Keeping over-55s in workforce could boost economy by €27bn
Research by PwC finds significant benefits to older people delaying retirement
PwC pointed to measures introduced by Minister for Finance Paschal Donohoe to incentivise later retirement in the public sector. Photograph: Conor McCabe Photography
The State could boost the economy’s long-term GDP by 9.2 per cent, or about €27 billion, by encouraging and supporting over-55s to continue working, according to research by PwC.
Extending people’s working lives to reflect the ageing of their populations could release “massive untapped value” for their economies to the tune of $3.5 trillion across the OECD as a whole, the research said.
Between 2015 and 2050, it’s estimated that the number of people aged 55 and above in the 35 OECD countries will increase by almost 50 per cent to more than 500 million.
Current employment rates for workers aged 55-64 vary dramatically across the OECD, from 84 per cent in Iceland and 78 per cent in New Zealand to 38 per cent in Greece and 34 per cent in Turkey. In the Republic, the rate is 56.5 per cent.
Increasing the over-55 employment rate to New Zealand levels could deliver a long-term economic boost worth about $815 billion in the US, $406 billion in France, $123 billion in Japan and €27 billion for Ireland, the research noted.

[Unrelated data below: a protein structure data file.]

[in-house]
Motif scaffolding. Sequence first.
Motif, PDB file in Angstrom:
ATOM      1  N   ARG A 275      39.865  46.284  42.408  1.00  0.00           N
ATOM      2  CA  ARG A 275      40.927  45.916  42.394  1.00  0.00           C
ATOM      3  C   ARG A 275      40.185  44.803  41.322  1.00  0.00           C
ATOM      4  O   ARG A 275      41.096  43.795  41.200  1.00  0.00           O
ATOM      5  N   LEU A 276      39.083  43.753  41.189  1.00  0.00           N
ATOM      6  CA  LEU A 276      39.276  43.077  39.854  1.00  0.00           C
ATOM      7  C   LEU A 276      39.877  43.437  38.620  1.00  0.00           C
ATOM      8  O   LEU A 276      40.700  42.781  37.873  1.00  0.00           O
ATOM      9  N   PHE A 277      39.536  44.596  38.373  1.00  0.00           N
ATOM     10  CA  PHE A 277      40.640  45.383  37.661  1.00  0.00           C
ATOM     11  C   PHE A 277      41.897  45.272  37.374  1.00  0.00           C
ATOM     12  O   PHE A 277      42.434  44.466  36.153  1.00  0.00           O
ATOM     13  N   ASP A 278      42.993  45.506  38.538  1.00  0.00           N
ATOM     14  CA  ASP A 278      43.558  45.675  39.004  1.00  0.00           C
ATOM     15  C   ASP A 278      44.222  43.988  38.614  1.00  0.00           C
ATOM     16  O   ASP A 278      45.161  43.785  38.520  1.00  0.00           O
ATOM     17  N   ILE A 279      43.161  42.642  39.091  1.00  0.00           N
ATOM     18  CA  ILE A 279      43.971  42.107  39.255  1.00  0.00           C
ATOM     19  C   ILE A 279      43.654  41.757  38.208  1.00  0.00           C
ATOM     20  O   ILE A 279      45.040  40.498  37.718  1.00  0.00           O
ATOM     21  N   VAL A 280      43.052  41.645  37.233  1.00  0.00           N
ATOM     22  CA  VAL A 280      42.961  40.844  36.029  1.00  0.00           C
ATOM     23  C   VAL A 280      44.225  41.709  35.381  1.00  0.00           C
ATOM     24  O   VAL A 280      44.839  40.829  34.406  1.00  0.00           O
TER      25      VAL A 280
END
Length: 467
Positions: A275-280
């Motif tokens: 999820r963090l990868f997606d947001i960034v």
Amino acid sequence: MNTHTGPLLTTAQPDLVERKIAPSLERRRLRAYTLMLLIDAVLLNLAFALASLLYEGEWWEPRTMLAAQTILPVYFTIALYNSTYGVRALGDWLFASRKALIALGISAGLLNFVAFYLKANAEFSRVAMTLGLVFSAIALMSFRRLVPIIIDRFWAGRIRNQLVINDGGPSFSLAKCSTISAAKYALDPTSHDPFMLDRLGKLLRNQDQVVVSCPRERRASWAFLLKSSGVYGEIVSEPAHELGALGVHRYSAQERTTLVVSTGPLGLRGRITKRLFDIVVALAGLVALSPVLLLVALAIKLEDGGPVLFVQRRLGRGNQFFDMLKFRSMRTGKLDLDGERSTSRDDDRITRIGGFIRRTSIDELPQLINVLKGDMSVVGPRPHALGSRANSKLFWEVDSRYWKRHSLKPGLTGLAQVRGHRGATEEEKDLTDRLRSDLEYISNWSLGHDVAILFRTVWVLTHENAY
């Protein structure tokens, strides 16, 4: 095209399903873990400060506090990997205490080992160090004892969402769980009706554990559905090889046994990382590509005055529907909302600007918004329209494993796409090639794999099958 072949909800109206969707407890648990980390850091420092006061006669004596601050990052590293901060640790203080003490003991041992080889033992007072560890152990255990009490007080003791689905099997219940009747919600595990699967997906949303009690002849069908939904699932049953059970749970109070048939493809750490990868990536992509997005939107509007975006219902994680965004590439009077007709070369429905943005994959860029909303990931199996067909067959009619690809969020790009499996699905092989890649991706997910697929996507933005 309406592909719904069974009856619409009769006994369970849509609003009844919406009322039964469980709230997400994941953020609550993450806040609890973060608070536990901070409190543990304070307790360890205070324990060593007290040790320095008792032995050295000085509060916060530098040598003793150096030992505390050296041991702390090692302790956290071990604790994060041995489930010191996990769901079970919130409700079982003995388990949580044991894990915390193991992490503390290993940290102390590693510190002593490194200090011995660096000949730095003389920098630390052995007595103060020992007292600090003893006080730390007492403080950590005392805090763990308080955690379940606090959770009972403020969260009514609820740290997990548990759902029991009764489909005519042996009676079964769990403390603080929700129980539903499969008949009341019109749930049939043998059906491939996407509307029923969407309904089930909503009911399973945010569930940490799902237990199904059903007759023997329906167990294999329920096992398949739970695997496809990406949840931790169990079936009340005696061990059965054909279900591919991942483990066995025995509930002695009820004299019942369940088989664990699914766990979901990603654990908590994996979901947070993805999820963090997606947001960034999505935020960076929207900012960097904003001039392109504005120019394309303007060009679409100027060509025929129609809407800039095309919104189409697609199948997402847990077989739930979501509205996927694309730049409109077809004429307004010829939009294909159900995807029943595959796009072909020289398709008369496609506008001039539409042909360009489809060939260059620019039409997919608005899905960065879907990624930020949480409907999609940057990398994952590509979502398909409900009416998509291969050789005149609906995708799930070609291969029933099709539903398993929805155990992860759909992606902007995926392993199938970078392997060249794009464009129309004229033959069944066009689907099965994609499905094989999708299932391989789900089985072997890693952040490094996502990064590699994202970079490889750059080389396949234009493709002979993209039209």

PwC chief economist John Hawksworth said older people should be “encouraged” to remain in the workforce.
“Of course, it’s good news that we’re living longer,” he said. “But an ageing population is already putting significant financial pressure on health, social care and pension systems, and this will only increase over time.
“To help offset these higher costs, we think older workers should be encouraged and supported to remain in the workforce for longer.
“This would increase GDP, consumer spending power and tax revenues, while also helping to improve the health and wellbeing of older people by keeping them mentally and physically active.”
Mr Hawksworth noted measures in the last budget to incentivise later retirement in the public sector. “It will be interesting to see whether similar legislation is enacted in relation to private sector workers,” he said.
PwC Ireland pension director Donal Keating said the research showed that financial incentives such as pension policy and family benefits can influence people’s decisions to stay employed.
“The study also shows that flexible working and partial retirement options can pay dividends for employers, as can redesign of factories, offices and roles to meet the changing needs and preferences of older workers,” he said.